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Longfin batfish


Underwater photography: images of snappers, bream and emperors taken while scuba diving
Midnight Snapper | Red Emperor Snapper | Monocle Bream | Longface Emperor | French Grunt

It is often that way that fish from different species groups are confused. So many look almost same – body shape, patterns and actions can all combine to make it hard for an untrained eye to pick the difference between groups like these. Often generically referred to as snapper, the four families described here all have sloping heads and tapered bodies, with a large mouth and notched tail.

Snappers | Class: Actinopterygii | Order: Perciformes | Family: Lutjanidae.
These fish are principally marine and seen frequently around all coral reef systems although a few live and feed in fresh water estuaries. The family includes more than 110 species, some growing to a metre long. Snappers have a single continuous dorsal fin, an upturned snout and prominent canine teeth. They tend to live in large groups.

Bream | Class: Actinopterygii | Order: Perciformes | Family: Nemipteridae
Threadfin or whiptail breams and false snappers are members of this genus. They are found in tropical waters in the Indian and western Pacific Oceans and prey on smaller fishes, cephalopods and crustaceans. Most coral breams are solitary, they have a smaller mouth than snappers and their dorsal fin displays a ridged or comb-like pattern.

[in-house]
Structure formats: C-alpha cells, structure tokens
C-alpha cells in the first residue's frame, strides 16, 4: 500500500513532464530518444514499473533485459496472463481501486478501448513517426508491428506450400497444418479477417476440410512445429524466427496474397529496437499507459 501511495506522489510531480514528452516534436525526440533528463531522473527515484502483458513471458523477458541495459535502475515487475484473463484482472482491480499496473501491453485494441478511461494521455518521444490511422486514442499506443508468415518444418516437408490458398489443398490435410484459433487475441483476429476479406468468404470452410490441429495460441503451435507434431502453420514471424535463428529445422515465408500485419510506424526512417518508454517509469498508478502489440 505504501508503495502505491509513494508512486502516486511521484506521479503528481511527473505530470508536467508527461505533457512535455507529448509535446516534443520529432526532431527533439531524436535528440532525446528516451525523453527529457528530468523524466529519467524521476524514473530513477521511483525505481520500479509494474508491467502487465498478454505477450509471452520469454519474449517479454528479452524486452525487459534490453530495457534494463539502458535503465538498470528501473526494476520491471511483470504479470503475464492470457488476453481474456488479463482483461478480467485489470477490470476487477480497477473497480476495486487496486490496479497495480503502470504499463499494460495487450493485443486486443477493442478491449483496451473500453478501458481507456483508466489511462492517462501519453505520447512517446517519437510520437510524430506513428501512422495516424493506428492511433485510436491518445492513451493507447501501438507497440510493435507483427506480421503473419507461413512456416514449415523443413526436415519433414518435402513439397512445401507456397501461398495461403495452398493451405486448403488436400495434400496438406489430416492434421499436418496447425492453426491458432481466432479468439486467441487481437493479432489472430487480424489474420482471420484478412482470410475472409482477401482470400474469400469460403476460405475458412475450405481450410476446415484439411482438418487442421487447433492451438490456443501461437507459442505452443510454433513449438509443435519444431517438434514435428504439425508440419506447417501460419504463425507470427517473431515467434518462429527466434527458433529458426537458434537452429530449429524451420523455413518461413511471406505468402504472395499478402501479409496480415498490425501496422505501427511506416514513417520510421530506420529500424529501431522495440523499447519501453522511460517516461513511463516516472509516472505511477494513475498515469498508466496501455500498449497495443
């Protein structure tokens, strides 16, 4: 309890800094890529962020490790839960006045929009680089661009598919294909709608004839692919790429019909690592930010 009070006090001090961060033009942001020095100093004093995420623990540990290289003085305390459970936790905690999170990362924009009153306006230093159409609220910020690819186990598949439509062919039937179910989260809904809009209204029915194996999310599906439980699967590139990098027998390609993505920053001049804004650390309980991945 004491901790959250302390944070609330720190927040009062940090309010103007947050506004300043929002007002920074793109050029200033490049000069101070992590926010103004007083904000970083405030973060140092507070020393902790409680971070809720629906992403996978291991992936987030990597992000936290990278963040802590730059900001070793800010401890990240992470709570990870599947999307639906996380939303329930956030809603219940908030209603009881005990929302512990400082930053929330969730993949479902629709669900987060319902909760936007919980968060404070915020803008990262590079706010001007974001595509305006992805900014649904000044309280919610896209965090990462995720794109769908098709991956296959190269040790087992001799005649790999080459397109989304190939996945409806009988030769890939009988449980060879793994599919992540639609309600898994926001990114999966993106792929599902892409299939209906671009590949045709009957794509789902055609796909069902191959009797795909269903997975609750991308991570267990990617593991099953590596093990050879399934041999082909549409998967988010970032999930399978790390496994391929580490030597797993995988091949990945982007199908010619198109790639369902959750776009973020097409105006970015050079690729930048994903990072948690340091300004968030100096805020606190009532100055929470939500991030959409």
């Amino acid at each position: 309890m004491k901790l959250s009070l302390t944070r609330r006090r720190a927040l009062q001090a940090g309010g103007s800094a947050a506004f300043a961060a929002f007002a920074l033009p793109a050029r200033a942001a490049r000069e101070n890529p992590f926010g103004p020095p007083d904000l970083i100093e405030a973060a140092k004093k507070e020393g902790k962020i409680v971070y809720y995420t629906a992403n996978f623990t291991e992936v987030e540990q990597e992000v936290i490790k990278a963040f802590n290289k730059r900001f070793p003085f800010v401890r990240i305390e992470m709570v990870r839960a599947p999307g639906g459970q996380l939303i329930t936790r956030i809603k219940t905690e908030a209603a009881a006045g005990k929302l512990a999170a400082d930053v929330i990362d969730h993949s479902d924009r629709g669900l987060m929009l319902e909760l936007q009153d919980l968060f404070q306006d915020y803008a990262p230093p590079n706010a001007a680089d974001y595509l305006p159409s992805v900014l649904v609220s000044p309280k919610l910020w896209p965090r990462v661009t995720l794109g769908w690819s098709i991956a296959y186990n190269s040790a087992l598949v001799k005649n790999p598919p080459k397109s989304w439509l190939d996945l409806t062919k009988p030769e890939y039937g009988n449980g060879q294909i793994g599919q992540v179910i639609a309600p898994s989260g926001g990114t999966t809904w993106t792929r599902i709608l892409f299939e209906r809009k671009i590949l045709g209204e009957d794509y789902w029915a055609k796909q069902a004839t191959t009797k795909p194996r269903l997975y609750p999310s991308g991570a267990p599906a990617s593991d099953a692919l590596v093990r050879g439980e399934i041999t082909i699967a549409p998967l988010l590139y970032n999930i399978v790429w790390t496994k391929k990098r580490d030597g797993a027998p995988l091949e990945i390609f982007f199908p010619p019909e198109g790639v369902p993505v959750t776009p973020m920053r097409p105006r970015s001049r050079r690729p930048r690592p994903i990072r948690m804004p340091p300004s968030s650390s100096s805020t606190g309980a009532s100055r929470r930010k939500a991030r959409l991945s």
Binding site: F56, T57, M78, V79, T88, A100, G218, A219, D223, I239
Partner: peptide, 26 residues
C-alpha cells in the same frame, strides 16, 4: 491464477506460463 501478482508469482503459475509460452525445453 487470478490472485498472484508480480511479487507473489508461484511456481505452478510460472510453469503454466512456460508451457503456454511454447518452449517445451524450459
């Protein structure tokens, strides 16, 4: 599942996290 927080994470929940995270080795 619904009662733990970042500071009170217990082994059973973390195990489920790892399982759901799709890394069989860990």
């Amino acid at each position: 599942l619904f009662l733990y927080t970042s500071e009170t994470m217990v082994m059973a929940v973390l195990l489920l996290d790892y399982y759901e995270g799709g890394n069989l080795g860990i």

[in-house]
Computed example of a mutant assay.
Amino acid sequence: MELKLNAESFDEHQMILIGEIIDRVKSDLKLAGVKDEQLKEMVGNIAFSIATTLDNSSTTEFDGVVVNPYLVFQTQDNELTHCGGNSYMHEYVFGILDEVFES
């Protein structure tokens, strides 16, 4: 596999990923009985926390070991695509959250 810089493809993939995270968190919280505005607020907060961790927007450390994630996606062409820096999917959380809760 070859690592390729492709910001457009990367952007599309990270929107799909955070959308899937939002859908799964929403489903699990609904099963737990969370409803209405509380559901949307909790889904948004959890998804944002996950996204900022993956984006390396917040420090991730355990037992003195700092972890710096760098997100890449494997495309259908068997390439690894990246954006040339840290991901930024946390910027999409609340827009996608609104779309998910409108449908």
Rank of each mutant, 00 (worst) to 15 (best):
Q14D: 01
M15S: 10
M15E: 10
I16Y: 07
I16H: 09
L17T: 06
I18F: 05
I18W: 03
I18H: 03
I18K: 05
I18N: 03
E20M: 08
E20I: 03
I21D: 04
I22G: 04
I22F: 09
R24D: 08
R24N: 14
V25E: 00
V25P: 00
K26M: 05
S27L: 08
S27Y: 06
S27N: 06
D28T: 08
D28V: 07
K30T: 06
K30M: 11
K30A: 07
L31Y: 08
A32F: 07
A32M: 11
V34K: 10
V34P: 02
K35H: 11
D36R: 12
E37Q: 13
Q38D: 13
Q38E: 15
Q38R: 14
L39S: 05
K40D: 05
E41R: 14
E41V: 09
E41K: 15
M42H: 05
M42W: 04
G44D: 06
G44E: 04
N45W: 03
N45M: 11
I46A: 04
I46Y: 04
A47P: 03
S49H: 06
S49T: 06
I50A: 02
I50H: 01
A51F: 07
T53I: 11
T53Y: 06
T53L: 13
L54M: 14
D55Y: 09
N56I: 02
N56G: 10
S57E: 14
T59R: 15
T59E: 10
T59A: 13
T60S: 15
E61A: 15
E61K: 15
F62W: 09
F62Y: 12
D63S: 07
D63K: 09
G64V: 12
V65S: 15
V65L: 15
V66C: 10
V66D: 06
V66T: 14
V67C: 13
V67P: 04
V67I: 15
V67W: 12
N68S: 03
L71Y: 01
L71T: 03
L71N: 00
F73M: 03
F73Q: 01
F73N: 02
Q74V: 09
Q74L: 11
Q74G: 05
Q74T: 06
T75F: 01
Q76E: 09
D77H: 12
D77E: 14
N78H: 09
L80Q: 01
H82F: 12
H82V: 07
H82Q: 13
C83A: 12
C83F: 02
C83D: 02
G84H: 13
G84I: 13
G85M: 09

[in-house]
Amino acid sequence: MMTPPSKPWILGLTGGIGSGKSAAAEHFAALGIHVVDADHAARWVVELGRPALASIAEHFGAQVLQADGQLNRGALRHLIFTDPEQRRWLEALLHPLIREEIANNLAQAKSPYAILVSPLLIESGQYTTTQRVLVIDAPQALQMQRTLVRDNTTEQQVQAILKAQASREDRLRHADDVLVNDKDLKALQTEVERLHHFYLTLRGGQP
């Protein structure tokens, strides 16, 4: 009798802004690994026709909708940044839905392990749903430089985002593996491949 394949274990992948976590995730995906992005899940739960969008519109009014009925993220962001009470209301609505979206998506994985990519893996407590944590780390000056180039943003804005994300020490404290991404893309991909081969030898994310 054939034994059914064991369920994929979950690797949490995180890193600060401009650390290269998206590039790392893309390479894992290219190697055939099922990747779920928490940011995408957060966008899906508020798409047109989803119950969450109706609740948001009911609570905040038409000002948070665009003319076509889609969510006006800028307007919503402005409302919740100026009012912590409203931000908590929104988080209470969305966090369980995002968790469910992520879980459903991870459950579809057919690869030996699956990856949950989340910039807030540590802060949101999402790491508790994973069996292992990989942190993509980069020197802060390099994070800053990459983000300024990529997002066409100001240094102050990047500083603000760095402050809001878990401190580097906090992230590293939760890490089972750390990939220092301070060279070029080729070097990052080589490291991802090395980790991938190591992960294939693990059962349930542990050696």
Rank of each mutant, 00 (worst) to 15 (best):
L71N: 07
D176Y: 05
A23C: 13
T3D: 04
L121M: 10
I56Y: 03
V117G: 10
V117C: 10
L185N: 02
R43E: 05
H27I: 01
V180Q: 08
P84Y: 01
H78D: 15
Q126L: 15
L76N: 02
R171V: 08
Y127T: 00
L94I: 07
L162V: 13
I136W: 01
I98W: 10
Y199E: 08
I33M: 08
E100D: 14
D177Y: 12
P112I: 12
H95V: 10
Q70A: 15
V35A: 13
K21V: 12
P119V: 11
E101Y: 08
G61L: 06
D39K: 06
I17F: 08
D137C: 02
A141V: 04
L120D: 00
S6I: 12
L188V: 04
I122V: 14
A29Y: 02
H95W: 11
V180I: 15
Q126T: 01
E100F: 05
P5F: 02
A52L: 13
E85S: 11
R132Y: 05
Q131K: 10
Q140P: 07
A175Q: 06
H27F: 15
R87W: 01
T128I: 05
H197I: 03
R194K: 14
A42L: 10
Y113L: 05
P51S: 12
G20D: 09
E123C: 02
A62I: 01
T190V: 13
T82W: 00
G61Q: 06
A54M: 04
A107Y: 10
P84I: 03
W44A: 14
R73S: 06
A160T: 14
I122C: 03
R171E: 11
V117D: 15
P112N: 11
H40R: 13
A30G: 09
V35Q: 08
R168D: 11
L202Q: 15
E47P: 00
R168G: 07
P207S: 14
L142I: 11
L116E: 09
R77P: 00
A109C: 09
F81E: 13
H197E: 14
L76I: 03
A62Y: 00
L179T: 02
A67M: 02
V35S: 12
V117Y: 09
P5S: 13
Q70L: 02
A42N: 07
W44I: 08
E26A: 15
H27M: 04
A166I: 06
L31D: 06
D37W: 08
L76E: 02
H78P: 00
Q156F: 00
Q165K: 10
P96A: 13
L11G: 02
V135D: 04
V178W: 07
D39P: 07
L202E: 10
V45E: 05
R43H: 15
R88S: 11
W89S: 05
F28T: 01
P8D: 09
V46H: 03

Emperors | Class: Actinopterygii | Order: Perciformes | Family: Lethrinidae
Commonly known as emperors, emperor breams and pigface breams, Lethrinidae are found in the Pacific and Indian Oceans. They have a longer, pointed snout and can change their skin colours and patterns at will. A few species have molariform teeth, which they use to eat shelled invertebrates, such as mollusks and crabs.

Grunts | Class: Actinopterygii | Order: Perciformes | Family: Haemulidae
Known as grunts due to the sound these fish make when they grind their teeth, Haemulidae are seen everywhere in the Caribbean, but especially around seagrass beds and sand flats where they hunt for crustaceans. Grunts are closely related to snappers, but they tend to be smaller with a deeper notch in their tail but do not have canine teeth.

Snappers, Bream , Emperors and Grunts:
image gallery

click any image to enlarge
Int. = intermediate stage
Juv.= juvenile
Var. = variation
Sub. = sub-adult

Snapper encounter

Banda, Indonesia
The Pier, Banda Harbour
6 metres
Macolor Macularis
Midnight Snapper, Juvenile


The Banda Islands in Indonesia are very special. Not only is this where nutmeg was first found (and the only place in the word that it grows naturally) but the waters that surround the islands are rich in marine life.

Right in the heart of town, making a dive near the harbour wall leads over a typical black sand bottom to a sharp slope. With low visibility and fading light, we went down to 30 metres to search for Colman's shrimp and squat lobsters on fire urchins (found), banded pipefish (found), coral banded shrimp, razorfish, snake eels and mandarinfish – all found and photographed.

At the end of the dive as we ascended back up to the shallows, we spotted this amazing juvenile fish – black and white, about 12 mm long and very fluttery. It was sheltering on a hand-made mooring that was covered in young fan corals and small sponges.

Back on the boat, it was straight to the fish ID books to learn it was a midnight snapper juvenile. The adult is in image 1 above and image 2 shows an intermediate or teenager of the species.

SPECIES NAMES | Many fish can be hard to identify as they are so similar. Common names vary and even scientists disagree on what is what. If you can name anything we can't, please get in touch.

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